The masterful writing by Mark Waid is only half of what makes Volume 1 of Archie so masterful. The other half comes from the captivating pencils of three of the best artists in the industry today. Fiona Staples (1-3), Annie Wu (4) and Veronica Fish (5,6) combine synchronously and feed off each other’s work and Fiona’s designs to a tee. As much as there has always been this sort of house Archie style, Archie artist Harry Lucey’s art is very much different from fellow artist Dan Decarlo. Annie, Fiona and Veronica operate the same way as even though they are following the precedent set by Fiona’s original character sketches they are putting their own distinct spins on it. This spin melds well and works together to complement each other’s work and very much look like they belong in the same book.

Starting with Fiona Staples, she designed the revamped look of Archie and the gang and just by looking at the cover of this book, it is clear that she hit the ball out of the park (although thankfully no one ended up concussed -Archie #6). Her Riverdale is one that is full of life and people who are drawn crisply and teeming with personality. Her Jughead is one of the most dynamically laid back characters in recent memory and new character Sheila stands out with her black and red streaked hair as someone teeming with personality.The best part of Fiona’s three issue run, artistically is hard to pin down as every page is oozing with mesmerizing portrayals of Riverdale’s finest (and Reggie). That being said there is a standout moment in issue one involving Archie and music that flows spectacularly and is very much the crescendo of the issue.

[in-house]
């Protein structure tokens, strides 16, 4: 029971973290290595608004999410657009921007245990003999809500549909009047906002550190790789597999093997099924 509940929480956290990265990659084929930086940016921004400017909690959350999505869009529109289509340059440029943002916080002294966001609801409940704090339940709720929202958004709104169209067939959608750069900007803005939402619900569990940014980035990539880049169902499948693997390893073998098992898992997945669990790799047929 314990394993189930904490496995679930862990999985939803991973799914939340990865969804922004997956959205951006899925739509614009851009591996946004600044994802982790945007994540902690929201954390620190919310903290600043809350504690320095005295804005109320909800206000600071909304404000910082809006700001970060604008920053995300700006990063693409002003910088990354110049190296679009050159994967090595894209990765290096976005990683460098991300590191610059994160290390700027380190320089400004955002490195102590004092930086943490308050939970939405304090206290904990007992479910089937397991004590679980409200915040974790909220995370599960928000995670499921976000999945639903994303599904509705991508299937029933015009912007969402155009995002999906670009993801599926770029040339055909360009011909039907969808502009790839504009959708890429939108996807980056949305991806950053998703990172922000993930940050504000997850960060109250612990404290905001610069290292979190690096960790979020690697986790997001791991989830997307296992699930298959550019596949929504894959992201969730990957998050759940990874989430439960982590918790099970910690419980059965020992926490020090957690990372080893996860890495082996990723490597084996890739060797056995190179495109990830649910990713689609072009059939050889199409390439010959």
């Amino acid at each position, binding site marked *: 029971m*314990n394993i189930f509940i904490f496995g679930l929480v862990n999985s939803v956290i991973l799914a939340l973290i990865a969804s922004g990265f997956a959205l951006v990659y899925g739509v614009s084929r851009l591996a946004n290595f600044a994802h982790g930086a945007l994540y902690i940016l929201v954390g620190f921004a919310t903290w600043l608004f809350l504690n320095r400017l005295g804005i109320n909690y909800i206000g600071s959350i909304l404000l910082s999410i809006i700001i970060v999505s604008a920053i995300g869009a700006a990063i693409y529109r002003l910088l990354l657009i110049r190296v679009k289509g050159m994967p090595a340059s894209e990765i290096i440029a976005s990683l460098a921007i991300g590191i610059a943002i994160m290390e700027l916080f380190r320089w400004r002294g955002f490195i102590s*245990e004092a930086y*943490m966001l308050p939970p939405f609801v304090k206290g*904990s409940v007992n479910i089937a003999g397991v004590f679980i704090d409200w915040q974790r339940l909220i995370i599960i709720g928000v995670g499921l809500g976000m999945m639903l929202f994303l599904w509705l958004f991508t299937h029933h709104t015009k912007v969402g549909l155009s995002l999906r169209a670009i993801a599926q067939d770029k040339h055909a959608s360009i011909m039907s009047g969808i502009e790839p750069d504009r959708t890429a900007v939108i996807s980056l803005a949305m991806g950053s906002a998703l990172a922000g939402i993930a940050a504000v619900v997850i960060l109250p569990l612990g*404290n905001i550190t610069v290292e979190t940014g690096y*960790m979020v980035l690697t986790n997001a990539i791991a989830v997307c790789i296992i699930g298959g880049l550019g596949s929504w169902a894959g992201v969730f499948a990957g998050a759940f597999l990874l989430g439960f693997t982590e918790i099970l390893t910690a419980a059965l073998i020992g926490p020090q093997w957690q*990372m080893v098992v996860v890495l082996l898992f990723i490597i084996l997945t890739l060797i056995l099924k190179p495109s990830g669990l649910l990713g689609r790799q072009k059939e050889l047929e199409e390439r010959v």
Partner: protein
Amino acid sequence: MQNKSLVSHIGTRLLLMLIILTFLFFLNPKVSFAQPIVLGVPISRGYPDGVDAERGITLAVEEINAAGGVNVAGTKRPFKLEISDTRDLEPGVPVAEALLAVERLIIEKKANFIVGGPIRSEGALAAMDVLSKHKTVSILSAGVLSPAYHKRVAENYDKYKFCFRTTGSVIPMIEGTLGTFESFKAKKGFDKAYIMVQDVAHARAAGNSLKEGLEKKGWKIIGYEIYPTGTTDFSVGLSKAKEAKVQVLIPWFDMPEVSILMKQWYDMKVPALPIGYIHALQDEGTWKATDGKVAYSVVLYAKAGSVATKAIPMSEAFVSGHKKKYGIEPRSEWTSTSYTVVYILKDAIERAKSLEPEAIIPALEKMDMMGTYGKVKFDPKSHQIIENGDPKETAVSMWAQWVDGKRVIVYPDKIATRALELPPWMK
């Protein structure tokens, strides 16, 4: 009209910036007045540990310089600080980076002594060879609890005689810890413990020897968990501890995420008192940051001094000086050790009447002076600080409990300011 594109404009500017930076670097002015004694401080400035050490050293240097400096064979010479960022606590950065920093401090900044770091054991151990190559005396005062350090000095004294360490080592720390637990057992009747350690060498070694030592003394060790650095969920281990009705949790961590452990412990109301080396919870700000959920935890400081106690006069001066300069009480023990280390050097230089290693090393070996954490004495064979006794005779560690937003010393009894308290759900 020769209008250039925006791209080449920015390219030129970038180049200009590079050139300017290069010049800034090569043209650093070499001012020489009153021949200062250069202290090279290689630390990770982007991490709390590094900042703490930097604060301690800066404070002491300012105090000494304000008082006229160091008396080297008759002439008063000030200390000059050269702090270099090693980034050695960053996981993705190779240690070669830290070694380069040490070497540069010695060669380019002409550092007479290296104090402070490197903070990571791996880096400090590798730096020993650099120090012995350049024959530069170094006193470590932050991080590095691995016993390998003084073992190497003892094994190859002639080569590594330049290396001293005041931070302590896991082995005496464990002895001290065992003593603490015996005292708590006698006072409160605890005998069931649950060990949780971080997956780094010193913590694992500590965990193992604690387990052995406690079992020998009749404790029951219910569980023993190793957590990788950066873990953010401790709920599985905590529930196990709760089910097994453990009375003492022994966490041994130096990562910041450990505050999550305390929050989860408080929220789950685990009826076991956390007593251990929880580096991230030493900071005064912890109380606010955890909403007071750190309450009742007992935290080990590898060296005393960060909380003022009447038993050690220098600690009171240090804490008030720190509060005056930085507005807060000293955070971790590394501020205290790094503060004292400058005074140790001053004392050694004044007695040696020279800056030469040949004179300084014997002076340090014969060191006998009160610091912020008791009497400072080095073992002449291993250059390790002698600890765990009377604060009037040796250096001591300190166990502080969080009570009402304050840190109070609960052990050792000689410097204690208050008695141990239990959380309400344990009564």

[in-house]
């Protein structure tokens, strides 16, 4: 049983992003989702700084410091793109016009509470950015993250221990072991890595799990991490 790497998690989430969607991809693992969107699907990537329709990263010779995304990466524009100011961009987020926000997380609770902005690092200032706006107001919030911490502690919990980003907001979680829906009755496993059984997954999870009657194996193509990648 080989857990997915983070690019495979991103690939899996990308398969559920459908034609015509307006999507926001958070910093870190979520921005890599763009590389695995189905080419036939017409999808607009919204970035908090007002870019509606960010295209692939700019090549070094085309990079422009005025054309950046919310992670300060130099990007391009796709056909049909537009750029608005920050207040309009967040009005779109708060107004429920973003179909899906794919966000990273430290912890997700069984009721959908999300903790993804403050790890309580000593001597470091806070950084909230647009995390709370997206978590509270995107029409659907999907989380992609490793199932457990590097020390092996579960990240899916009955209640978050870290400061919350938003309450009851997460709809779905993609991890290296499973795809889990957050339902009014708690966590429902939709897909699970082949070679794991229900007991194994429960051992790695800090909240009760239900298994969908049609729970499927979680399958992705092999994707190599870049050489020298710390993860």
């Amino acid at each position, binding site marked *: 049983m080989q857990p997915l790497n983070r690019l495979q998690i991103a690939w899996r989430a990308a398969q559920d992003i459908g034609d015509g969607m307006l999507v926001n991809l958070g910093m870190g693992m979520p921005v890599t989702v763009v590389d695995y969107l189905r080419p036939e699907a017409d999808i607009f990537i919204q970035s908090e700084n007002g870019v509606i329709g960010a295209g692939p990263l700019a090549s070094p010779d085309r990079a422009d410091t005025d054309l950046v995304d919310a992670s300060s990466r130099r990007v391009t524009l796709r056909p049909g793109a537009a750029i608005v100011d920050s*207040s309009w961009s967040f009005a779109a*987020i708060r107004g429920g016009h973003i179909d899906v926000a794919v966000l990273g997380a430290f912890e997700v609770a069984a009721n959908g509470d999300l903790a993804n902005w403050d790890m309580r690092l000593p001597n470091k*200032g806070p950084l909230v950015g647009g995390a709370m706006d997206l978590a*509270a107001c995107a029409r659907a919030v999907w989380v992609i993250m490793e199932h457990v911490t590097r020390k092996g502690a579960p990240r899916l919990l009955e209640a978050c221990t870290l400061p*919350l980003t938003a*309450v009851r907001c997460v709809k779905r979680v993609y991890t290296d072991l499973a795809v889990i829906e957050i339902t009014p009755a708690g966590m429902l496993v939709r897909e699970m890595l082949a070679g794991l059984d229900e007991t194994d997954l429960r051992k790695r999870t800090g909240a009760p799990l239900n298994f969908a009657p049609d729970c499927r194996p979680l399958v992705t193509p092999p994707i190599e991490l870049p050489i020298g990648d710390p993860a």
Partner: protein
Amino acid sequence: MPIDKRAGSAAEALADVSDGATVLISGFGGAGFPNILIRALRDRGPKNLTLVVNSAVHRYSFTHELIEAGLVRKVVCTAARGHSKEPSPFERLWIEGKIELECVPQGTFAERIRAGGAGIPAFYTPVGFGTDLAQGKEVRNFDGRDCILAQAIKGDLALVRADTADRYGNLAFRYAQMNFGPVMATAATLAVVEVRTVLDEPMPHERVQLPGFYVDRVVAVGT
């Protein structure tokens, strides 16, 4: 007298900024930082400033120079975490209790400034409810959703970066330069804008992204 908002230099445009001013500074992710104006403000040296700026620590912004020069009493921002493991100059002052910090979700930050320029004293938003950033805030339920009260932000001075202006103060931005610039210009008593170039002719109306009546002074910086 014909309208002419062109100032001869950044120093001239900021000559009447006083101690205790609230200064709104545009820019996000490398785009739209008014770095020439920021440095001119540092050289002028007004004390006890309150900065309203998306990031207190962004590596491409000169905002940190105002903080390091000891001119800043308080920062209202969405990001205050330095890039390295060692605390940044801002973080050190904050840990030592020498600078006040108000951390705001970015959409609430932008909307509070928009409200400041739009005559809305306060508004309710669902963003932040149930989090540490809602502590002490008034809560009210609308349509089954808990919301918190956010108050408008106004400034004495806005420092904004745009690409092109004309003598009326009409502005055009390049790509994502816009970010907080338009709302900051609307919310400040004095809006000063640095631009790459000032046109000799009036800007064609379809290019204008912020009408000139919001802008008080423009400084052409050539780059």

Annie Wu is only around for one issue, albeit a beautifully drawn one as she handles issue #4 which is very Archie and Betty focused. Her art style is very kinetic and the way in which she draws her characters, especially Archie and Betty are full of energy. Wu’s pencils are clean in an edgy sort of way, that really fit the content and the messy happenings of this issue. If you are a fan of Archie and Betty as a couple then there is a montage of pages that nail that dynamic and will no doubt bring you joy.

Last but not least, Veronica Fish is the biggest surprise artistically. Going into this work I had never even heard of her or seen any of her art but after reading it is clear that she is very much on the rise and someone to look out for in the comic industry. Her style is very grounded in many ways but her expressions are over the top, something that lends itself wonderfully to Waid’s script as she is able to balance comedy scenes with dramatic ones seemingly effortlessly. As for standouts there are two distinct scenes where Fish’s exaggerated expressions shine the brightest. The first involves Fred Andrew’s and his fascination with a home run and the second consists of a very angry Mr. Lodge. Spoilers aside, they are especially hilarious.

Overall, Archie Volume 1 is a master class in how to relaunch a series while staying true to the core of what makes the characters great in the first place. It teams one of the best writers in the industry with three of the best artists in a magical sandwich that is very hip and very Archie. If you have ever read or enjoyed an Archie Comic or are a fan of beautifully drawn, and funny yet thoughtful comics then look no further than Archie Volume #1.